This book was originally published in Israel in 1998, when the Internet Age was in its infancy. And so, while clearly Grossman wasn't commenting on its effects on us, what has the online world done since then but foster the types of relationships between strangers that he describes? So many of us reaching out across the globe, intense friendships forming without the face-to-face element but with the benefit of instant communication, the explosion of social media...are we all looking to poke our heads out of our cocoons, looking for something we are not getting elsewhere? Have we all just learned, like Yair, to compartmentalize our lives, dividing our interactions into discrete sections that never touch, getting little bits of what we need from each small place. But I am now straying beyond the scope of this review, bumping up against a constant iceberg of speculation floating in my head.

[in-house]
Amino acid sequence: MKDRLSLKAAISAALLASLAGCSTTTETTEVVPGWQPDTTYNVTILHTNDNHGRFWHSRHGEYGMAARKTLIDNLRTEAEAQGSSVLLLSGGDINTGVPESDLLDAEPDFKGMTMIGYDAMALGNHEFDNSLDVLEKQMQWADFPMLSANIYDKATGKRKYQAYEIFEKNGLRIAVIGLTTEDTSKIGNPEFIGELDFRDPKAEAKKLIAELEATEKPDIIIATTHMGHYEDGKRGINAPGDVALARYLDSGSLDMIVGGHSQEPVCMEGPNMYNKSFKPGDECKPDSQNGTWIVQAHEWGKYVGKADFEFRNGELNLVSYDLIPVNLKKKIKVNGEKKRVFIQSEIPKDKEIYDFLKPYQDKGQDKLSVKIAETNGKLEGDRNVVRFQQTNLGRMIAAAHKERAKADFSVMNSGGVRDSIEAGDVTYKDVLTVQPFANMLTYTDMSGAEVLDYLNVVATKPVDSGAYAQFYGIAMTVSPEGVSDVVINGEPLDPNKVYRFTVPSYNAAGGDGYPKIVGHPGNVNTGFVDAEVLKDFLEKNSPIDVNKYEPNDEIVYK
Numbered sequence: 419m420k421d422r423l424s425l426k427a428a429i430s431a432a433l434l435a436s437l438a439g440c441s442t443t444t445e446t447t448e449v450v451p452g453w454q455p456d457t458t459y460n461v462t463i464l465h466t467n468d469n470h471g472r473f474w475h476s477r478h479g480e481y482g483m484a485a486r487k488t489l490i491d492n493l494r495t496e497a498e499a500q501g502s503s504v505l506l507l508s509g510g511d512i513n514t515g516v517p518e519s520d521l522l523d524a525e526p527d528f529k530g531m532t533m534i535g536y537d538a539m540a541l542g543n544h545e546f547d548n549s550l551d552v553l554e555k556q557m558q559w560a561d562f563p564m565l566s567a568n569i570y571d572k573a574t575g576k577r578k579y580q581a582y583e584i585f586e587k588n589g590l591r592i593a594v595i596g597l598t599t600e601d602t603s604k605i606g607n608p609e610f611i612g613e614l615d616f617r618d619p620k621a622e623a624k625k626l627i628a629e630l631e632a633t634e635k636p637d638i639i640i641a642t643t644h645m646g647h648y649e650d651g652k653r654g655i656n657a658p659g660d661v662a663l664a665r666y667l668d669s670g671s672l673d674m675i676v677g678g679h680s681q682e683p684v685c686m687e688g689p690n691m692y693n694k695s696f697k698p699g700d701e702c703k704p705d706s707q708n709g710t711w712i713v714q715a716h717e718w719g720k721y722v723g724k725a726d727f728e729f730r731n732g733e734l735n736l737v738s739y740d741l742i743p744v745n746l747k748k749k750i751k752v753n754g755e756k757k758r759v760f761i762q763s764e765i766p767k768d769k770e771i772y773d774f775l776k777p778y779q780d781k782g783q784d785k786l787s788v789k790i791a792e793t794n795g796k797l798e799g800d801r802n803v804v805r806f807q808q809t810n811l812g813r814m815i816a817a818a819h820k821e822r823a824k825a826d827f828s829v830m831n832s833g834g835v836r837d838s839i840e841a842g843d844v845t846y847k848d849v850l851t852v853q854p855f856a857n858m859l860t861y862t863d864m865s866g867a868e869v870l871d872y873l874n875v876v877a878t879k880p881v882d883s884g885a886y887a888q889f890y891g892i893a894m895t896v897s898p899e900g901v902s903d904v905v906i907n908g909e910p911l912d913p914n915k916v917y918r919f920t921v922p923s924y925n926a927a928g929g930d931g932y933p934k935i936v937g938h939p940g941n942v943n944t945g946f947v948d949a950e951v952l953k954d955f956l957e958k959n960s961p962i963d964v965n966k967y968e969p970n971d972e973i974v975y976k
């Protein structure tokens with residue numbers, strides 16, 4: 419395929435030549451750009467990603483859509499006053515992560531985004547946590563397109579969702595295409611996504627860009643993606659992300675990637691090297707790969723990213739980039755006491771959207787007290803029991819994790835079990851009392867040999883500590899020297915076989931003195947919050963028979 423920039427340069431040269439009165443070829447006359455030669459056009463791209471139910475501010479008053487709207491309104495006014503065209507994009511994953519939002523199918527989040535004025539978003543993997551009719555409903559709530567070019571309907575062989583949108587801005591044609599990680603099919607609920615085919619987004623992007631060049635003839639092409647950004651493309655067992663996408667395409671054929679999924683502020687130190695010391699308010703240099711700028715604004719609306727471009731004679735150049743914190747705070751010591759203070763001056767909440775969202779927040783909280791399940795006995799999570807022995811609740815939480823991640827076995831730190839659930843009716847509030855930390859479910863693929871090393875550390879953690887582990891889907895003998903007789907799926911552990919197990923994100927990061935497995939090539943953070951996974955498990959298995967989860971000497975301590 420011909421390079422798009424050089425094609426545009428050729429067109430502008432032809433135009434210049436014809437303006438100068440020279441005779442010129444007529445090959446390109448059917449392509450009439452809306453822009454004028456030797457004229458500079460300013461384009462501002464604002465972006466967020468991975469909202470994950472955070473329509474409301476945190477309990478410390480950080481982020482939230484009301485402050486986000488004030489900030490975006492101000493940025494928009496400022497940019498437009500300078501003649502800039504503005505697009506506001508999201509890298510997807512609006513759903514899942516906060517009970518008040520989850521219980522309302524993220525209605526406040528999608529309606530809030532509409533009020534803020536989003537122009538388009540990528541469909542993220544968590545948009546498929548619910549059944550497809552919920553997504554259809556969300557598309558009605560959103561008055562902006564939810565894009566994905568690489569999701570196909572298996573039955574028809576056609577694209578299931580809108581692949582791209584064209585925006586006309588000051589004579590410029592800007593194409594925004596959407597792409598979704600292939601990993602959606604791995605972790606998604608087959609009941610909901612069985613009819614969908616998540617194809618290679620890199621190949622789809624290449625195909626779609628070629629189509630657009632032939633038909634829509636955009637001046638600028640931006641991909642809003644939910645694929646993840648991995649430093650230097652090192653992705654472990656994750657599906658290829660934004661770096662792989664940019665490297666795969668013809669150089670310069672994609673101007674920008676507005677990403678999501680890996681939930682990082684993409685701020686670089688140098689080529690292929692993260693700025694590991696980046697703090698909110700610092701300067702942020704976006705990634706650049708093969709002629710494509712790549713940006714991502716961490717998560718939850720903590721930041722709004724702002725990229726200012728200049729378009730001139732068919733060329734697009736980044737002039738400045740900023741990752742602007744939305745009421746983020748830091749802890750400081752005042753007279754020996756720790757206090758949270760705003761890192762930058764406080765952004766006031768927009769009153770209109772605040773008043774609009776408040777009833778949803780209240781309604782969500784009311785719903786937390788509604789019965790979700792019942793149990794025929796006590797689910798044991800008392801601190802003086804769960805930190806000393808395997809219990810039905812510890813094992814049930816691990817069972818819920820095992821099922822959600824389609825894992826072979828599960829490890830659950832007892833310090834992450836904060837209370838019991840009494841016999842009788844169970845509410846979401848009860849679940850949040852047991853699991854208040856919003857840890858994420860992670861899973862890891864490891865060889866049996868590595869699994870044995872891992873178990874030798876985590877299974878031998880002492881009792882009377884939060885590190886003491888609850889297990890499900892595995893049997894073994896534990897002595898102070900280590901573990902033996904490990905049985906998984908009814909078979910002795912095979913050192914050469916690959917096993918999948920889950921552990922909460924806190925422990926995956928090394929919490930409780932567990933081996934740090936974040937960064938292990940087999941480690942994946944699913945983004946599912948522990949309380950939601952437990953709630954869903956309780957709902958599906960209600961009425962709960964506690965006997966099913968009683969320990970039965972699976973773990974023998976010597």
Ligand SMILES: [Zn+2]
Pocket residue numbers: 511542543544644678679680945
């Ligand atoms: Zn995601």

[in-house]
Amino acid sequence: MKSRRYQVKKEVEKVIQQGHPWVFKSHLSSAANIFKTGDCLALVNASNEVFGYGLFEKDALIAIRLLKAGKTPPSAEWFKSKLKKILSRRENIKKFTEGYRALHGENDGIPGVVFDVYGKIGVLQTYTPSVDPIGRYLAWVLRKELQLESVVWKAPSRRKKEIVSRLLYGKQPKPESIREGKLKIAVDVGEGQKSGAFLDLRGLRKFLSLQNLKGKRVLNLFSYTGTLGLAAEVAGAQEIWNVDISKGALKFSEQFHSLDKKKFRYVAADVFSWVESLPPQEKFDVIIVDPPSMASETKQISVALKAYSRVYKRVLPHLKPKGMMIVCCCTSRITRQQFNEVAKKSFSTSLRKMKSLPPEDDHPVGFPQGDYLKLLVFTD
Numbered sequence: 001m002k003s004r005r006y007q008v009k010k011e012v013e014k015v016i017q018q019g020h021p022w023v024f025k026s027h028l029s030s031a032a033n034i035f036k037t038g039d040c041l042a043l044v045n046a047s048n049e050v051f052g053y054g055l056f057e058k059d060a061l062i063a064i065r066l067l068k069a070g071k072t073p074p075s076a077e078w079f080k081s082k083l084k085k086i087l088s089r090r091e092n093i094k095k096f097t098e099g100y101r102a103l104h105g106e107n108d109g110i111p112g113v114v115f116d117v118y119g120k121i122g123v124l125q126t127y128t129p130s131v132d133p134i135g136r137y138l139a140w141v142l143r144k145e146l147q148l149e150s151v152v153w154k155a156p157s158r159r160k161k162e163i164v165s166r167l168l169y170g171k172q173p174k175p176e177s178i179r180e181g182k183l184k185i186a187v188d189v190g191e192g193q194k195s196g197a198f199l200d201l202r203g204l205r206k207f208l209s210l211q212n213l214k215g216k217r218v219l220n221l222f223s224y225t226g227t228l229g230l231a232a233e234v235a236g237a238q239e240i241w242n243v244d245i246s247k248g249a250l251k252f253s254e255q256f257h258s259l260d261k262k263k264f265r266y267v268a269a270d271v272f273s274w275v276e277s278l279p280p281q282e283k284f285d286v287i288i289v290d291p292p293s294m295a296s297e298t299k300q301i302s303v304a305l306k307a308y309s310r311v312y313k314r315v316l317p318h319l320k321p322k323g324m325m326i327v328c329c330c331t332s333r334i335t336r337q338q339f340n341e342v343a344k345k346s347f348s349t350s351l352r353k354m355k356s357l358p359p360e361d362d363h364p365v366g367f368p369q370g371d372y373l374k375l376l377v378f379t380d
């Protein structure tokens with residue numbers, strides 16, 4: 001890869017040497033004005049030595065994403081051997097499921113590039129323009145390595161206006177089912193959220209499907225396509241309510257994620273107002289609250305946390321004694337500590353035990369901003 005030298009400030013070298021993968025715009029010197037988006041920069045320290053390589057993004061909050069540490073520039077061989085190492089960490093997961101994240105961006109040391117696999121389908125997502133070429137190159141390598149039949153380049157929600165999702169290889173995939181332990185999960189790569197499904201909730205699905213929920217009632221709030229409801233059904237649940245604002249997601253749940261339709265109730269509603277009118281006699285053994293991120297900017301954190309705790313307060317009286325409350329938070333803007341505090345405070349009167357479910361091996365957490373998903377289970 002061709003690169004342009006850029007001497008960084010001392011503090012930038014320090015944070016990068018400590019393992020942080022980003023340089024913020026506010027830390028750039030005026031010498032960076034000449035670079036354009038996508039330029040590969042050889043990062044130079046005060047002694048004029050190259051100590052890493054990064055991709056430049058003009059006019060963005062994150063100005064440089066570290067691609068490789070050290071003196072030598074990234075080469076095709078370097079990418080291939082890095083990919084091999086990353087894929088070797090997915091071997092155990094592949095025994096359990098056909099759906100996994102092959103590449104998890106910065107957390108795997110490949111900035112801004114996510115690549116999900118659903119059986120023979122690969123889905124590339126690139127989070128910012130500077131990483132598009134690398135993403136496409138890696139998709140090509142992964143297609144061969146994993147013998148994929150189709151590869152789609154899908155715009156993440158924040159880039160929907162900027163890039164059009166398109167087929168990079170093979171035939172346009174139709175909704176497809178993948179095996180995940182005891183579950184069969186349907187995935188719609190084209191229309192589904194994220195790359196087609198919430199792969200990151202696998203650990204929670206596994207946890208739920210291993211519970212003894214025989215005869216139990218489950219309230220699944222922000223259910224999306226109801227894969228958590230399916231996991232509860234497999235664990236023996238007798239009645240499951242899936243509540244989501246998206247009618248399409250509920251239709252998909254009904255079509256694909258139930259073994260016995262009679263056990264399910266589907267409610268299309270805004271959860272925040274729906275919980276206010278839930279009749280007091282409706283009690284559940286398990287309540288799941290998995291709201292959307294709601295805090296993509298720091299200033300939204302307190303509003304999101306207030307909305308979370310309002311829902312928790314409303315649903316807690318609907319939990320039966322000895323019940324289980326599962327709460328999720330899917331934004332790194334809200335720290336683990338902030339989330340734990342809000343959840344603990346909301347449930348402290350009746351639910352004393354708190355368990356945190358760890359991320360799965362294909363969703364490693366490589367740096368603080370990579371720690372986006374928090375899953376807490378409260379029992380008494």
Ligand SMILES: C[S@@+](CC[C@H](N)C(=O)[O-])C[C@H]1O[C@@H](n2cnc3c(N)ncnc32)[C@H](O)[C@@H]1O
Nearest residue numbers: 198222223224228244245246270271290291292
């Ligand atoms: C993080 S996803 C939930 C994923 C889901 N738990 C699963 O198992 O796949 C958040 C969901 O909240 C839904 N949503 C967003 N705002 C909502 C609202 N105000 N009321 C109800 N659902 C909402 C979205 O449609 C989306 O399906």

Three stars because I found it plodding at times. And Yair pissed me off too much. Then there was my pre-existing bias against epistolary fiction. The cards were stacked against this one from the beginning. In the end, I suppose I'm glad that I read it, but I'm also happy it's over. ( )
  S.D. | Apr 4, 2014 |
I think I have dog-eared more pages in David Grossman's books than in any other author's books. His aren't always the easiest or most accessible, but he is after something deeper; you just have to be willing to go along for the ride, and struggle along with the characters. ( )
  JennyArch | Apr 3, 2013 |
This novel affords the reader an intellectually voyeuristic observation of a developing relationship. Instead of seeing the caressing of a neck or kiss of the lips, the intimate thoughts and close-kept secrets revealed to a lover are witnessed.

The series of letters to and from, in and out, got a little confusing, for me, at times. It is definitely a unique perspective and writing style. ( )
  Sovranty | Jan 11, 2010 |